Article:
Elementary students at the Elgin School headed back to classrooms on Monday, with middle school students expected to return to in-person learning a week later.
That makes the Sonoita Elementary School District, which operates the Elgin School, the first school district in Santa Cruz County to return to in-person schooling during the 2020-21 academic year. The county’s other public school districts – Nogales Unified, Santa Cruz Valley Unified, Little Red and Patagonia – are still teaching online, and the County Superintendent’s Office said they weren’t aware of any other schools, such as the Montessori charter schools in Patagonia or Tubac, reopening.
Mary Faley, superintendent of the Sonoita Elementary School District and principal of the Elgin School, said the low number of COVID-19 cases in the local community and the school’s small class sizes – which range from eight to 16 students – helped drive the decision to reopen.
“That’s a huge factor in us being able to reopen – we can socially distance in our classrooms,” she said.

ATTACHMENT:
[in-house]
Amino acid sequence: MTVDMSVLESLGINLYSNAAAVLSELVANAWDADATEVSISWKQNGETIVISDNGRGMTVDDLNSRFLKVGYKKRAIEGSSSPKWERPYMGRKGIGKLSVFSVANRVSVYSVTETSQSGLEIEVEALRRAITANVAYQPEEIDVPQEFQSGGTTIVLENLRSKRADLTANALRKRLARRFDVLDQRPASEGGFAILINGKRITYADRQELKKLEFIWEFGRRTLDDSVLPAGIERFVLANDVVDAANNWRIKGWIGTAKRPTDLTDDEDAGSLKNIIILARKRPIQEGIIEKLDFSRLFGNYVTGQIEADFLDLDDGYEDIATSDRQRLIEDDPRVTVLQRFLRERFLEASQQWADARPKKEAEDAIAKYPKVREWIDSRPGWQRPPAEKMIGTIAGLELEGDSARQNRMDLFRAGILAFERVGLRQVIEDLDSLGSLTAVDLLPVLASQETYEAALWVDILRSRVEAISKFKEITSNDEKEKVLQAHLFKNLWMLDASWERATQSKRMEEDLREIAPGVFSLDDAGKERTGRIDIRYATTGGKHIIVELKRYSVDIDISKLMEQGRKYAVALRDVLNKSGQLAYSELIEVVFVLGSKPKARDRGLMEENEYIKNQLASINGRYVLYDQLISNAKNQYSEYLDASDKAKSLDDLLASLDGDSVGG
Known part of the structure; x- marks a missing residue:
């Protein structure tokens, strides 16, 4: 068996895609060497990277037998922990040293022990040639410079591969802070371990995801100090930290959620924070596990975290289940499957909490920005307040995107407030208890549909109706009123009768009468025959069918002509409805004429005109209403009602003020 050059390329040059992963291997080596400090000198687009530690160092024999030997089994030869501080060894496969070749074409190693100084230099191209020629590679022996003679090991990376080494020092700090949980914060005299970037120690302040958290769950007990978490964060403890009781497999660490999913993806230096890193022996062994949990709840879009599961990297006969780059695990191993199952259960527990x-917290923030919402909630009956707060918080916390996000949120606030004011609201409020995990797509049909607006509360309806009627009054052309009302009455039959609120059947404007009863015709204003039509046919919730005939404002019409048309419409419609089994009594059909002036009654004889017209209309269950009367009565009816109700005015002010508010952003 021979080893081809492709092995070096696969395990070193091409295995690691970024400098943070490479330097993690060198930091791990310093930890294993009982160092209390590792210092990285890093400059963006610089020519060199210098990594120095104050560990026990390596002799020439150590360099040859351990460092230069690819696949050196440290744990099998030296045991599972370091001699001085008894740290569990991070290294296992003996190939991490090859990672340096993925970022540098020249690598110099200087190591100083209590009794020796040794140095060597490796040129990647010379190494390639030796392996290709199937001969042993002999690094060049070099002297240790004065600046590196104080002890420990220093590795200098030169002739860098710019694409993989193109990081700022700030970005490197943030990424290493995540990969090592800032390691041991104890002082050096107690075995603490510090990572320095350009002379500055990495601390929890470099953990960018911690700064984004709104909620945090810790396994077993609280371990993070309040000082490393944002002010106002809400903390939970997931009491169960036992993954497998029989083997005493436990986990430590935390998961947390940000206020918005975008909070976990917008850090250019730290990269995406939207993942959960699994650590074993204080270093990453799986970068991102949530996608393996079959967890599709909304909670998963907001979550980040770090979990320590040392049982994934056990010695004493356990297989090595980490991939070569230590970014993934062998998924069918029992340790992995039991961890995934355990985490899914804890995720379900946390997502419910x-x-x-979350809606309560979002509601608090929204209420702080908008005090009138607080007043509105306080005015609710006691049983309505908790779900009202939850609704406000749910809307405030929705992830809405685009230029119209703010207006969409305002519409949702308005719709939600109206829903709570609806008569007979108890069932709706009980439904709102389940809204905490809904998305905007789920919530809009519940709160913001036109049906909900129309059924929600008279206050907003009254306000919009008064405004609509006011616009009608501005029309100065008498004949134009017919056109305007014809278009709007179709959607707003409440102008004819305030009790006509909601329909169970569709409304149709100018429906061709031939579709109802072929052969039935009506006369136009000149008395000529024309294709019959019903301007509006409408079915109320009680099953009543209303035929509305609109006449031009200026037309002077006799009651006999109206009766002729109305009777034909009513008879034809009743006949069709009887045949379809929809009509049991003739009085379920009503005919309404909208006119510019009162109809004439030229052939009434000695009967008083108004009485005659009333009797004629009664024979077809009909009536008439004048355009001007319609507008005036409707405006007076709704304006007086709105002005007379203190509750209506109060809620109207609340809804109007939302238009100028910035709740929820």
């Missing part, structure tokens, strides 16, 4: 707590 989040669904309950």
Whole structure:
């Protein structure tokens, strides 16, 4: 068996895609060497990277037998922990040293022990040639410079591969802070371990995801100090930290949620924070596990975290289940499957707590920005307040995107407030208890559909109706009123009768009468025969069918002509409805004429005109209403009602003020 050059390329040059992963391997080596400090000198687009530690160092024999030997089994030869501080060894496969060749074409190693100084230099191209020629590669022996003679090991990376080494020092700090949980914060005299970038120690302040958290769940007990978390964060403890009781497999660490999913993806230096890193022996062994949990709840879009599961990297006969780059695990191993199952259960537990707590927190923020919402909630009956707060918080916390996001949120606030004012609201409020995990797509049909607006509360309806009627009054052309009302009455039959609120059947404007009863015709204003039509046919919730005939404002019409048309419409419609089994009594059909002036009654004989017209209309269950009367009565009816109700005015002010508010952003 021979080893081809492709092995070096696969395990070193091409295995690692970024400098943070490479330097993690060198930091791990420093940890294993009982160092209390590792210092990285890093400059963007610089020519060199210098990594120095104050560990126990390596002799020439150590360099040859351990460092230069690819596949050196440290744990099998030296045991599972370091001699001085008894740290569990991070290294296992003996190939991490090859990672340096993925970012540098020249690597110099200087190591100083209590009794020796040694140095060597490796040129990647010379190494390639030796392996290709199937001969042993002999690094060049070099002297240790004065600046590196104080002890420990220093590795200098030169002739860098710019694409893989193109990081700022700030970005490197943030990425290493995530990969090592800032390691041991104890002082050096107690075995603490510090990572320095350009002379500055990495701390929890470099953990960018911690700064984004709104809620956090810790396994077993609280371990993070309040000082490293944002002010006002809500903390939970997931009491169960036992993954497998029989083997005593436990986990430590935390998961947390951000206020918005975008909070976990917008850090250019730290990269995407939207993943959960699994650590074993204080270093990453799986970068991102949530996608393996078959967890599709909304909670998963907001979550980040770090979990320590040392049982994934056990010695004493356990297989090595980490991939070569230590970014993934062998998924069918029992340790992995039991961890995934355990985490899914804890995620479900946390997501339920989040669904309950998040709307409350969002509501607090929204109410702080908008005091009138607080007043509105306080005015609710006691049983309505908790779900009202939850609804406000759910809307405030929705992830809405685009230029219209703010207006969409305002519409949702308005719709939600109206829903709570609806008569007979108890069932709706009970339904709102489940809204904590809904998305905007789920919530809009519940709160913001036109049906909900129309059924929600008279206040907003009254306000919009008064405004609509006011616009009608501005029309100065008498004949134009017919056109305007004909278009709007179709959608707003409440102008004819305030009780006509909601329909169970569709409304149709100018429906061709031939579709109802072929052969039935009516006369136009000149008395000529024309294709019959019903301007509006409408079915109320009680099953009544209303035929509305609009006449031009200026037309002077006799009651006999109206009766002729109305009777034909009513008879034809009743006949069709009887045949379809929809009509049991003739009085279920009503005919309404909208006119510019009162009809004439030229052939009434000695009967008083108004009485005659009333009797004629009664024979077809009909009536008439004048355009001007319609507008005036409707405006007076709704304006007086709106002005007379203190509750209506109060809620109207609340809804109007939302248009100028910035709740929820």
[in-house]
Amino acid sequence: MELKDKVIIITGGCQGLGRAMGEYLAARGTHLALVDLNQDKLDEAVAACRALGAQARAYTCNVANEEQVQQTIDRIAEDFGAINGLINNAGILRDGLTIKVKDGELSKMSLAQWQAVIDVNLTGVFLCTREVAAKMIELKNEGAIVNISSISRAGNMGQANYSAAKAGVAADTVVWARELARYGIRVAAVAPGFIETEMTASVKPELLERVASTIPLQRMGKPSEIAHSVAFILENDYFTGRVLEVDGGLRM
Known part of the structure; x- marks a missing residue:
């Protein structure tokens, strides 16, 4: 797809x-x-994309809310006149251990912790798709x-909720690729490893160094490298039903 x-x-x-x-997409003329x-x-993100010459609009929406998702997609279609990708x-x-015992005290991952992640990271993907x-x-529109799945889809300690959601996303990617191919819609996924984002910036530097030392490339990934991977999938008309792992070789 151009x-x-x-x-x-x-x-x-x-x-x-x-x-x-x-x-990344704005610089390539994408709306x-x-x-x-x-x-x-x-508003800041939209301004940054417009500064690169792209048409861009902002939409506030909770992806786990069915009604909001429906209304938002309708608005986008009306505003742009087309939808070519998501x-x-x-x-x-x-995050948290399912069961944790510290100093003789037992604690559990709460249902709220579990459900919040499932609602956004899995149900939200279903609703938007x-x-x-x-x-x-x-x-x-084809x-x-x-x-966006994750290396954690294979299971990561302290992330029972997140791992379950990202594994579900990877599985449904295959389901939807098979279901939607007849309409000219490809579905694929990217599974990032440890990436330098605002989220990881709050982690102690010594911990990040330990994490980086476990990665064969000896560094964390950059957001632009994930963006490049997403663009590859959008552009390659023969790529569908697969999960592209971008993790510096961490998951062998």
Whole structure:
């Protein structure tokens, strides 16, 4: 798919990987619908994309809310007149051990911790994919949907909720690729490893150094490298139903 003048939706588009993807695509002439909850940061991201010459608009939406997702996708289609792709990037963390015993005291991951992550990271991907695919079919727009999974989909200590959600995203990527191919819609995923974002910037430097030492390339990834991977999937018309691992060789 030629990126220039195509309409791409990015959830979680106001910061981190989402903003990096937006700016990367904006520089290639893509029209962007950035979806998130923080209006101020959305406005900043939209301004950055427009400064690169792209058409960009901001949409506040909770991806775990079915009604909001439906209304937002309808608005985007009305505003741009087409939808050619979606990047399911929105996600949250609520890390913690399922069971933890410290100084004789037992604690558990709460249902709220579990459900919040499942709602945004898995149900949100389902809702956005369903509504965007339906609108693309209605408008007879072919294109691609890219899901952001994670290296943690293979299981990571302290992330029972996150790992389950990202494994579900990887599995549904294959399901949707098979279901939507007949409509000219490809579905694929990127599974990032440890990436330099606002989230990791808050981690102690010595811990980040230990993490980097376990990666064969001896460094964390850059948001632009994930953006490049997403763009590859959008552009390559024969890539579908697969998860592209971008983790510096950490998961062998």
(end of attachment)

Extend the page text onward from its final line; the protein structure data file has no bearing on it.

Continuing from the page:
Jeff Terrell, the county’s health services director, told school board members that there were no new COVID-19 cases in the 85611 (Elgin) and 85637 (Sonoita) zip codes in the previous two weeks, according to minutes from the Aug. 24 meeting of the Sonoita Elementary School District governing board.
And, though the district is offering families the option to continue with online learning, Faley said only 14 of the district’s 109 enrolled students aren’t expected to return to the classroom.
While many county schools plan to offer a hybrid learning option for students once the doors reopen – mixing in-person and remote learning to limit the number of students in each classroom –
Elgin students will be on-campus five days a week.
In order to promote social distancing, Faley said the district pulled desks out of storage and spaced them out in classrooms, a change from the shared tables that students worked at in previous years.
Other changes include keeping “cohorts” separate, meaning that if kindergarteners and first-graders used to have art or physical education class together, they’ll now have them separately.
The use of face masks is also mandatory – something that Faley acknowledged will require creating good habits among the students, especially the youngest ones. “I’m not expecting that we’re going to be batting 1.000” at first, she said.
Faley added that most teachers were comfortable returning to in-person classes, but the district was working with a few staff members who’d expressed health concerns related to the return to classroom learning.